Joy Goff-Marcil endorsed by Alex Sink

Democratic Florida House of Representatives candidate Joy Goff-Marcil has received the endorsement of former Florida Chief Financial Officer Alex Sink in the House District 30 race.

“Joy has served her hometown of Maitland thoughtfully as their Vice Mayor and on the council where she had to tackle difficult decisions. She did so by asking the right questions and by making her vote about her entire community, not just a few voices. We need that call to action at the state level,” the Democrats’ 2010 gubernatorial nomineee stated in a news release issued by Goff-Marcil’s campaign.

“Joy is someone who will represent the interests of all of us, not just special interests. I applaud her passion for public education, clean waterways, sensible gun legislation and small businesses. I know with her ability to work with all sides we will take back our state and put all Floridians first again,” Sink added.

Goff-Marcil, a member of the Maitland City Council, is in an Aug. 28 Democratic primary battle with Clark Anderson of Winter Park and Brendan Ramirez of Orlando for the nomination to run in HD 30 against Republican incumbent state Rep. Bob Cortes of Altamonte Springs. The district straddles the countyline to include parts of south-central Seminole County and north-central Orange County.

“Joy is thrilled to have received Alex Sink’s endorsement,” her campaign stated.

Scott Sturgill, Ron DeSantis, Ashley Moody top Sanford chamber’s poll

Republican congressional candidate Scott Sturgill, Republican gubernatorial candidate Ron DeSantis, and Republican Attorney General candidate Ashley Moody all came out on top in a straw poll conducted Thursday night at a Sanford Chamber of Commerce political hobnob.

The victory for Sturgill, a Sanford businessman, continues his streak of straw poll wins in Seminole County in what has been a bruising overall battle for the Aug. 28 Republican primary for Florida’s 7th Congressional District against Winter Park-based state Rep. Mike Miller, who has been winning most such polls in the Orange County side of the district.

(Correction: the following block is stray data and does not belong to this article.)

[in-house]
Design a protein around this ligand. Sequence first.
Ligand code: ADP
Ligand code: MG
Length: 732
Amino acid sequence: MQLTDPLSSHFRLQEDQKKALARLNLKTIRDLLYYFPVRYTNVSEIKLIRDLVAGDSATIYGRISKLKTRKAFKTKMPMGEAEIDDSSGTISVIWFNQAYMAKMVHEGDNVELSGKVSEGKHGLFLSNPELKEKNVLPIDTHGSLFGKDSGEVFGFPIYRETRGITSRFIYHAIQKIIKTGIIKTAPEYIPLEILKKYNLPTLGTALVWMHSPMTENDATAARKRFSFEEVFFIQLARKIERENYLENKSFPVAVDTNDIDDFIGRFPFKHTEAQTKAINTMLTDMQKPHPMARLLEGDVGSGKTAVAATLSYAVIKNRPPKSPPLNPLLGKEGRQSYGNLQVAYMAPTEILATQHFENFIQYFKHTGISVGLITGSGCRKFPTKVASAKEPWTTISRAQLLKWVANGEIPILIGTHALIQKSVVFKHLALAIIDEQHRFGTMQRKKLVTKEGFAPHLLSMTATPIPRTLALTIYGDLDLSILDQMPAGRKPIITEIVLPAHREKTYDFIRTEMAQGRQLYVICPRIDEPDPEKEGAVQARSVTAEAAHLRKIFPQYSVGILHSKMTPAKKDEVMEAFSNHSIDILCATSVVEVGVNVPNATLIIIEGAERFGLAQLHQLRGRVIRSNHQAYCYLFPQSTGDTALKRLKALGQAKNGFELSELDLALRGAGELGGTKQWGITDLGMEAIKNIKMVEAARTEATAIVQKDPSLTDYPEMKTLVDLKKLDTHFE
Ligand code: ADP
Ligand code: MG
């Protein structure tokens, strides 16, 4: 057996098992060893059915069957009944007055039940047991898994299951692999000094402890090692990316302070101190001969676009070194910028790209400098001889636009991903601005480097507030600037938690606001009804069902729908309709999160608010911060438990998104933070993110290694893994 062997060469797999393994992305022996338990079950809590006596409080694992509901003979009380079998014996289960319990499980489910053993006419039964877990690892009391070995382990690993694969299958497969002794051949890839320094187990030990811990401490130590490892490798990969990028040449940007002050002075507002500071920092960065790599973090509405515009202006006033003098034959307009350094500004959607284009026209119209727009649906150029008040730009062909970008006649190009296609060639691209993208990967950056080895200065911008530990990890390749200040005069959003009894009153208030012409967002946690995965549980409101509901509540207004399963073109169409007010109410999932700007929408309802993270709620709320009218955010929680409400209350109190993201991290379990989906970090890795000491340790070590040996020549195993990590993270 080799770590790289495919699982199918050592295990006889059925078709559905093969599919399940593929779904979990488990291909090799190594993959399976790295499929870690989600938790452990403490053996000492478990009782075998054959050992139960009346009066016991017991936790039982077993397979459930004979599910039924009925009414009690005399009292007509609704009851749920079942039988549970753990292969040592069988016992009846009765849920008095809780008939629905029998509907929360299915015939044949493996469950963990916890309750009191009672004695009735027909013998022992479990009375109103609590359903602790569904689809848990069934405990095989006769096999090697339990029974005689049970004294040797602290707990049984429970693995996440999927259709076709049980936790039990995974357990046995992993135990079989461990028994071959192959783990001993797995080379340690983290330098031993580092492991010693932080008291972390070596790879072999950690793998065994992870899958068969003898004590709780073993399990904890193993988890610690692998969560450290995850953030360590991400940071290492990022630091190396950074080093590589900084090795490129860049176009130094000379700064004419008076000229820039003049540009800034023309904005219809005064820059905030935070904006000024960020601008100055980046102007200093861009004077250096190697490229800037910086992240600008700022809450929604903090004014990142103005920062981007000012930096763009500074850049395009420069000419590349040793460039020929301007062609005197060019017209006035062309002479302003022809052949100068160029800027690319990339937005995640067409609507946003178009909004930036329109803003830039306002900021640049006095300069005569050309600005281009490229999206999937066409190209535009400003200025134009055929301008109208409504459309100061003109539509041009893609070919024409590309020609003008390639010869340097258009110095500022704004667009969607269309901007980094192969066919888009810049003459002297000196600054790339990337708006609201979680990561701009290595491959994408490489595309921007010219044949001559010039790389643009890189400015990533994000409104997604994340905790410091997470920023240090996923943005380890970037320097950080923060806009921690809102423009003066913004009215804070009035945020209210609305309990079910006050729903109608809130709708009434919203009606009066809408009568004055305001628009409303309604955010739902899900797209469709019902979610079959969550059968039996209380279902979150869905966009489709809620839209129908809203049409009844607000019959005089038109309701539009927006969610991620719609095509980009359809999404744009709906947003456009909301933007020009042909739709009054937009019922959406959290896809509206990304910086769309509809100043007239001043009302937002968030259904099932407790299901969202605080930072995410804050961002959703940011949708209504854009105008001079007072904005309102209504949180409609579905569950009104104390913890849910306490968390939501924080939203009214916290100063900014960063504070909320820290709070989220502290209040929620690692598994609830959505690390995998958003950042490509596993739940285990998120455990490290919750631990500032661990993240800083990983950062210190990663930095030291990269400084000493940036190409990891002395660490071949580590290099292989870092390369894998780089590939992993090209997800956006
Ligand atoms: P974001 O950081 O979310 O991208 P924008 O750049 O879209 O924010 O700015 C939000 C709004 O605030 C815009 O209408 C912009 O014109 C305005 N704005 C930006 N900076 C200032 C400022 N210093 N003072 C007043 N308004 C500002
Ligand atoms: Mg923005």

The Aug. 28 primary for that CD 7 race will have about 58,000 eligible Republican voters in Orange and 110,000 in Seminole.

There were more than 340 votes cast in the most popular races surveyed Thursday night at the chamber’s “Last Hoorah Sanford HobNob.” In that, Miller finished a distant third in the CD 7 question.

Sturgill was selected as the favorite by 43 percent of the attendees, incumbent Democratic U.S. Rep. Stephanie Murphy by 33 percent; and Miller, 20 percent. Murphy’s challenger from the left in the Democratic primary, Chardo Richardson, grabbed 4 percent, while a third Republican, Vennia Francois didn’t even claim 1 percent, as she got three votes out of 342 cast in that question.

“Winning in Sanford was a great way to end hobnob season,” Sturgill declared in a news release issued by his campaign. “I’ve built my business here and this is where I call home. This is where the entire campaign started with my announcement last July.”

The straw poll marked a rare victory for U.S. Rep. DeSantis in Central Florida hobnob straw polls, though he has been dominating statewide Republican voter polls for the past month. DeSantis grabbed 28 percent of the Sanford chamber markers, to 23 percent for his Republican primary rival Florida Agriculture Commissioner Adam Putnam.

In that survey, Tallahassee Mayor Andrew Gillum was the highest-standing Democrat in the Governor’s field, taking 17 percent; while former U.S. Rep. Gwen Graham got 13 percent; former Miami Beach Mayor Philip Levine and Palm Beach businessman Jeff Greene each picked up 4 percent; and Winter Park businessman Chris King got 2 percent.

Moody, the former judge from Tampa, continued her dominance of Central Florida hobnob straw polls, leading the Attorney General question by drawing 42 percent of the markers. Her Republican primary opponent state Rep. Frank White of Pensacola finished third. Democratic Attorney General frontrunner Sean Shaw took 25 percent, and White 20 percent. The other major Democrat, Ryan Torrens, was favored by 11 percent.